Samuel Grimshaw of Henrico Co, Virginia
Early Immigrant Who May Have Been a Slaveholder
Samuel Grimshaw apparently immigrated to Virginia in about 1795 and was therefore one of the earliest Grimshaw immigrants to the U.S. He was recorded living in Henrico County in the 1810 U.S. Census, and in September 1812 he was registered as a 30-year-old British alien who entered the U.S. in 1795 and was working as a farmer in Henrico County. He was therefore born in about 1882 somewhere in England, possibly in Yorkshire where the name “Samuel” was very common among the Quaker Grimshaws. He married Elizabeth Perkins in about 1814 and the couple had a son, James, born between 1814 and 1818. Samuel apparently operated a tavern in the “Old Ordinary” section of Henrico County in 1816, when he took out a fire insurance policy on the building. He met with an untimely death in or just before 1818, when his will was made at the time of his death. It is not known if Samuel immigrated alone (he would have been age 13 when he arrived in the U.S. in 1795) or with his parents.
Although the connection is not at all clear, Samuel Grimshaw — or his parents — may have owned slaves, thereby giving the Grimshaw surname to a slave family. A Grimshaw slave family was subsequently owned by the Tayloe family on a plantation, Mount Airy, which is in Richmond County about 50 miles east of Henrico County. Slaves William Grimshaw and Esther Jackson were married in the 1820s. Both were owned by the Tayloe family, and they lived on some portion of the Mount Airy plantation. William and Esther Grimshaw had among their children Winney and Juliet Grimshaw, born in 1824 and 1826. After an incident in which he was whipped, William successfully ran away in 1845 and later settled in New Brunswick, Canada. He was never reunited with his family in Virginia. William and Esther Grimshaw’s daughter, Juliet, was sold to Dr. Tyler on nearby plantation and gave birth to William Grimshaw. This William later lived in Washington, D.C. He wrote extensively on black freemasonry and is the subject of a companion webpage.
Thanks go to Doris Hightower for providing information on Samuel Grimshaw and the individuals subjected to slavery who had his surname. Thanks are also extended to Richard S. Dunn, professor emeritus at the University of Pennsylvania, for his paper1, “Winney Grimshaw, a Virginia Slave, and Her Family”, which was published in the Fall, 2011. A visit to the Library of Virginia in Richmond resulted in the addition of a number of records in September 2011.
The earliest record of Samuel Grimshaw is apparently in the 1810 U.S. Census, which is shown in a companion webpage and is reproduced in part as follows:
Before the automated search capabilities became available on Ancestry.com, a manual search of printed census indexes was performed, as described on a companion webpage. The results of this search for the 1810 index (and a prior census) are summarized below.
Grishaw, Isaac S.; William
Before the automated search capabilities became available on Ancestry.com, a manual search of printed census indexes was performed, as described on a companion webpage. The results of this search for the 1820 index (and a prior census) are summarized below.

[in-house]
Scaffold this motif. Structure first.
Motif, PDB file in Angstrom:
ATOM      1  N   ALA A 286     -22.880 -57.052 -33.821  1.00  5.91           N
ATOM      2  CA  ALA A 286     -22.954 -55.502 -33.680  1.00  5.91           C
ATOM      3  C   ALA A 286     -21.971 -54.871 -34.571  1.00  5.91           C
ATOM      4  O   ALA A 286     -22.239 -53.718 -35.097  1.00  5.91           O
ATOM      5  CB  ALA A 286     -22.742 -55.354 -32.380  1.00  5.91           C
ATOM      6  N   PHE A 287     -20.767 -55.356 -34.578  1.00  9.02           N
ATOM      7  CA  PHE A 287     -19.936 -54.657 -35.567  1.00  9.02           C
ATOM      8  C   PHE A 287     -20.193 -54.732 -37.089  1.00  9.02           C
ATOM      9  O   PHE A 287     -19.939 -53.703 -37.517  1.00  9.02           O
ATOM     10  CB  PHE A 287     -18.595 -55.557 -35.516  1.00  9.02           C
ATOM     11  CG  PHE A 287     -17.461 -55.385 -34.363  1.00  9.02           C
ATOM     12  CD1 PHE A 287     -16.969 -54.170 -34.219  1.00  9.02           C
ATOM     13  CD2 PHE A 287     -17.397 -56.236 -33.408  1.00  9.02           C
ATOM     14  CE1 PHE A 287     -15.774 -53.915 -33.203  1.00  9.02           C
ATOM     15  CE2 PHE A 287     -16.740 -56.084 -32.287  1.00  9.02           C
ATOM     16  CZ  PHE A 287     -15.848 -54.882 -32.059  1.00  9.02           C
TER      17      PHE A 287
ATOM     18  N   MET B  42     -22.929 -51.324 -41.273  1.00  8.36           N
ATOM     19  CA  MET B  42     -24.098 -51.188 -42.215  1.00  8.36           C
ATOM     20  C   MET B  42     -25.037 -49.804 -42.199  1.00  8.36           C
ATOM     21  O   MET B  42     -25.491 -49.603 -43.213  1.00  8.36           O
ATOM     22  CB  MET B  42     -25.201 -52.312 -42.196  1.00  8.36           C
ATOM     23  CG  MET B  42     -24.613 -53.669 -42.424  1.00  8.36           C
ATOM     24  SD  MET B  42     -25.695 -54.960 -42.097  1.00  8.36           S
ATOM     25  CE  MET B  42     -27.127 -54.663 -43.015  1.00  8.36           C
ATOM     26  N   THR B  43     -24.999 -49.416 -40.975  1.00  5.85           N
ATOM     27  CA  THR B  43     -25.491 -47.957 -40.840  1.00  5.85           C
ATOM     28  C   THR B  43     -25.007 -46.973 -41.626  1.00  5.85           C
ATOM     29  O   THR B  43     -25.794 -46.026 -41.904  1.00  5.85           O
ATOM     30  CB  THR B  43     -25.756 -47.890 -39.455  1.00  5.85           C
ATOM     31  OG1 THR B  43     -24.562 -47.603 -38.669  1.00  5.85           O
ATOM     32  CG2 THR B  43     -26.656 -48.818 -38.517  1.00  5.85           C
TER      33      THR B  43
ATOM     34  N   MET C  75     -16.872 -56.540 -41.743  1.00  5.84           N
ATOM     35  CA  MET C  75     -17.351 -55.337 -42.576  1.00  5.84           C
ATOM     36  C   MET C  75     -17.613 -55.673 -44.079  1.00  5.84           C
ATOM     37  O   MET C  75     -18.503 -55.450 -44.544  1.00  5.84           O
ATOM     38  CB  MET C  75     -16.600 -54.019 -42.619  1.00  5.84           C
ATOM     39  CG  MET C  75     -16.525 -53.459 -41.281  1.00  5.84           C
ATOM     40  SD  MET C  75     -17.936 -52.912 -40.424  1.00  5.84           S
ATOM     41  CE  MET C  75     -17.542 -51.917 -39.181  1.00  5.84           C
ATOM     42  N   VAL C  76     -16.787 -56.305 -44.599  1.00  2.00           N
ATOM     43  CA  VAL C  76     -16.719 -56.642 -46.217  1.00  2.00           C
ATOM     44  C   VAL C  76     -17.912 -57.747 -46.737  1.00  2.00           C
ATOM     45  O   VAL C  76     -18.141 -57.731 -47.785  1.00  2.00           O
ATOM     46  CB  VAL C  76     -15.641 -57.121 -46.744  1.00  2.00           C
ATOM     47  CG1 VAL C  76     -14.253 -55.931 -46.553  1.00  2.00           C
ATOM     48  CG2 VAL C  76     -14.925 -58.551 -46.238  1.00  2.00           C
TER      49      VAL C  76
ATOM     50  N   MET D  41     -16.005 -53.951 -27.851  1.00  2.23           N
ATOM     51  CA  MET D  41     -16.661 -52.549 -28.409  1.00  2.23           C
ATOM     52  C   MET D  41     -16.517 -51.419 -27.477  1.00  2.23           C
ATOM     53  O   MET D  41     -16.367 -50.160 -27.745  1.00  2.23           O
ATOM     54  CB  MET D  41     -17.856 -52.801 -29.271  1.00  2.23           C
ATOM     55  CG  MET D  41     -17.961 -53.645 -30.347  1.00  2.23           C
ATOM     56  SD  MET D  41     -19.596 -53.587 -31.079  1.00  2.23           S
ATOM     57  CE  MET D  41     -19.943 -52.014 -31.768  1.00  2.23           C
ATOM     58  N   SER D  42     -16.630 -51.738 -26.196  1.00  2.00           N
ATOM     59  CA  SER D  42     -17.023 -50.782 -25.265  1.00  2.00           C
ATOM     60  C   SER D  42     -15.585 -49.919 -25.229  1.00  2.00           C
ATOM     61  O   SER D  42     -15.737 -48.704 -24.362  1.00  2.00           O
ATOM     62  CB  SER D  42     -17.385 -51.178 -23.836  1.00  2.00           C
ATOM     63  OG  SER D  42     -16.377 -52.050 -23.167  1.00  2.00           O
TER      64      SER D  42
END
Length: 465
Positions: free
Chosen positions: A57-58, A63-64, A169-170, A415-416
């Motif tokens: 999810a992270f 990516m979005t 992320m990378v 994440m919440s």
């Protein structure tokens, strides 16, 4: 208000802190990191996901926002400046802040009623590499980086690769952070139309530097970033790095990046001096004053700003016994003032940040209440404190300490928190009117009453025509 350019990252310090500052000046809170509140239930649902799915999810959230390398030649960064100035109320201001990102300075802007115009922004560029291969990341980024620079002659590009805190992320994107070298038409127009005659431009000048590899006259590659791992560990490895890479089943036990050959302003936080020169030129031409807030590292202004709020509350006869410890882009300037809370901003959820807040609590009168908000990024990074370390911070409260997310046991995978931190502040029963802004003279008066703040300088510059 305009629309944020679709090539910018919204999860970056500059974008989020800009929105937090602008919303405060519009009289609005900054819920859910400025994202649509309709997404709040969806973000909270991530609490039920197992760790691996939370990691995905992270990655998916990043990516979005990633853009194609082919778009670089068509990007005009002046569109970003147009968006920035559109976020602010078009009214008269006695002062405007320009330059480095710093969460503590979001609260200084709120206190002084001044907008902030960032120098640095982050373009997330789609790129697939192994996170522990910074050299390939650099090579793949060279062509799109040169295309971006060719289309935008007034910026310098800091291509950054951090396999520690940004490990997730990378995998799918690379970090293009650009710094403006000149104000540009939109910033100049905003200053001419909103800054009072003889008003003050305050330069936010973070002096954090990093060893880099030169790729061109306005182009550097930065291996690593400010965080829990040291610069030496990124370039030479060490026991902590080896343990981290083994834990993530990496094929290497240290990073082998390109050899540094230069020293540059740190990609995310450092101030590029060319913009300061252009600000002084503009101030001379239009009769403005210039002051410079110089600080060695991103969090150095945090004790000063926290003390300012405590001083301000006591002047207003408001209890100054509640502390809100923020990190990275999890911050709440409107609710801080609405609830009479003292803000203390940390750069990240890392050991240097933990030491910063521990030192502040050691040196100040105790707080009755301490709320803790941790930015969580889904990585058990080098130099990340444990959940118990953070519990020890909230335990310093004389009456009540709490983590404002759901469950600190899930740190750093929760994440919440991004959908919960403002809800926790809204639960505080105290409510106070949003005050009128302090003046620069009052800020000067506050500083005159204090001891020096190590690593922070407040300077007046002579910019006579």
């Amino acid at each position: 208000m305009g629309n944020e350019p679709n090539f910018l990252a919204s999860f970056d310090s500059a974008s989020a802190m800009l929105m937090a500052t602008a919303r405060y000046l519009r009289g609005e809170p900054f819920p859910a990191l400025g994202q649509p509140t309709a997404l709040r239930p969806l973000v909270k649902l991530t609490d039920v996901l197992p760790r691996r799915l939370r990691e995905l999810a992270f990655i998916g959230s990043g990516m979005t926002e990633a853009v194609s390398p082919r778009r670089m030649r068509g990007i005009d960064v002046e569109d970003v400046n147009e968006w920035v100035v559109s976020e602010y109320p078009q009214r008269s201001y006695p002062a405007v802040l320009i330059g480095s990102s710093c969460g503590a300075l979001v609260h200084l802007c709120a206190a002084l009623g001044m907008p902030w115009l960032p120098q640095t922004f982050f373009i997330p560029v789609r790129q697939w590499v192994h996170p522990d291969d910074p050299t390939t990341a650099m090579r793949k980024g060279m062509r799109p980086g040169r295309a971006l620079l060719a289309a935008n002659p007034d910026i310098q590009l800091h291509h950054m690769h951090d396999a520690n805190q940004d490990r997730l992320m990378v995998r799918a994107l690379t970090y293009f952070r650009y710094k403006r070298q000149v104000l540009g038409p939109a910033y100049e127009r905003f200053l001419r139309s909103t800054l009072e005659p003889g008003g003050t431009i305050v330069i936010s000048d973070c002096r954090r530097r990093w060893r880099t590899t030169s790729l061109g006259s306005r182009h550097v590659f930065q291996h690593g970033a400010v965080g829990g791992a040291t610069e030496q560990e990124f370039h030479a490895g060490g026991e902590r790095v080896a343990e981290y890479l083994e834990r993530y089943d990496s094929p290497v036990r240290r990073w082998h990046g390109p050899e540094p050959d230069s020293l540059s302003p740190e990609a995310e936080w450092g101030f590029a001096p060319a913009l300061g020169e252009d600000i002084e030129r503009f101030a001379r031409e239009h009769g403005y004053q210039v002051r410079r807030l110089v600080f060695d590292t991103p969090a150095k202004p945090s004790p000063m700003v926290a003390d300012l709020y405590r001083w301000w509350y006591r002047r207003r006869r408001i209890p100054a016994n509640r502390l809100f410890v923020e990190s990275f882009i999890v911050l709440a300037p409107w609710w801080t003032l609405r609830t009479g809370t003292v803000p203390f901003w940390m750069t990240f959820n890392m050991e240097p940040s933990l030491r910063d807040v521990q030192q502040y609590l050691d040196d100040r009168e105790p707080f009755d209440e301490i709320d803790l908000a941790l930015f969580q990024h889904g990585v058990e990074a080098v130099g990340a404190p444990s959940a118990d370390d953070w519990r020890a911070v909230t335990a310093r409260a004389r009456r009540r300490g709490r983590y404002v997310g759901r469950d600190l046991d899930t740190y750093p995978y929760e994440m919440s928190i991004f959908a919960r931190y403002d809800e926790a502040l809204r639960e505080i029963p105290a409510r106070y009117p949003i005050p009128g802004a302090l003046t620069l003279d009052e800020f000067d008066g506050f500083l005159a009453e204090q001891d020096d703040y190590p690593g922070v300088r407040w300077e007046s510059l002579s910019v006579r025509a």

The 1820 U.S. Census includes a record for Samuel Grimshaw’s widow, Eliza. Grimshaw (see companion webpage), which is partially reproduced below:
Samuel Grimshaw was included in the records2 of British aliens who were living in the U.S. during the War of 1812 and were required to register as resident aliens. The following information is reproduced from a companion webpage (Scott, 1979, p. 324):
Grimshaw, Samuel, age 30, in U.S. since Sept. 1795, Henrico Co., farmer, (5-12 Sept. 1812)
Samuel apparently registered in September 1812 while living in Henrico County, Virginia at age 30 as a farmer. No family is indicated, but it seems unlikely he was a descendant of earlier Virginian immigrants; he would have probably been born in the U.S. and therefore not an alien. On the other hand, if he was age 30 in 1812, he would have been born in about 1882 and would therefore have been only 13 years old when he arrived in the U.S. in 1795.
The following background information is provided in the reference (Scott, 1979, p. v-vi):
The recording of ships passenger lists was not required by law until 1819, and prior to that date only scattered lists of immigrants exist. It is, therefore, of the greatest importance that another source can supply information concerning thousands of British subjects – Canadian, English, Irish, Scottish, Welsh, and West Indian, most of them immigrants- who were residing in the United States during the War of 1812. On June 1, 1812, President Madison sent his war message to Congress, which on June 18 declared war. Subjects of Great Britain were henceforth enemy aliens and were to be dealt with in accordance with an act of July 6, 1798, and a supplementary Act of July 6, 1812.
Accordingly, notice was promptly given that all British subjects in the United States were to report to the marshall of the state or territory of their residence “the persons composing their families, the places of their residence and their occupations or pursuits; and whether, and at what time, they have made the application to the courts required by law, as preparation to their naturalization.” It was ordered that notice was to be published in the newspapers and that reports by the aliens were to be sent by the several marshals to the Department of State.
The returns, long in the custody of that department, were many years ago deposited in the National Archives.
Normally a return gave the name of the alien, aged fourteen or more, years of residence in the United States, number of persons in the family, place of residence and status. Happily many returns supply further data of no little genealogical value – country of origin, for example.
The Library of Virginia has a microfilm with a copy of the marriage bond record for Samuel Grimshaw and Elizabeth Perkins. The front and back of the record are shown below. That Samuel and Elizabeth were indeed married is shown on the will record further down on this webpage.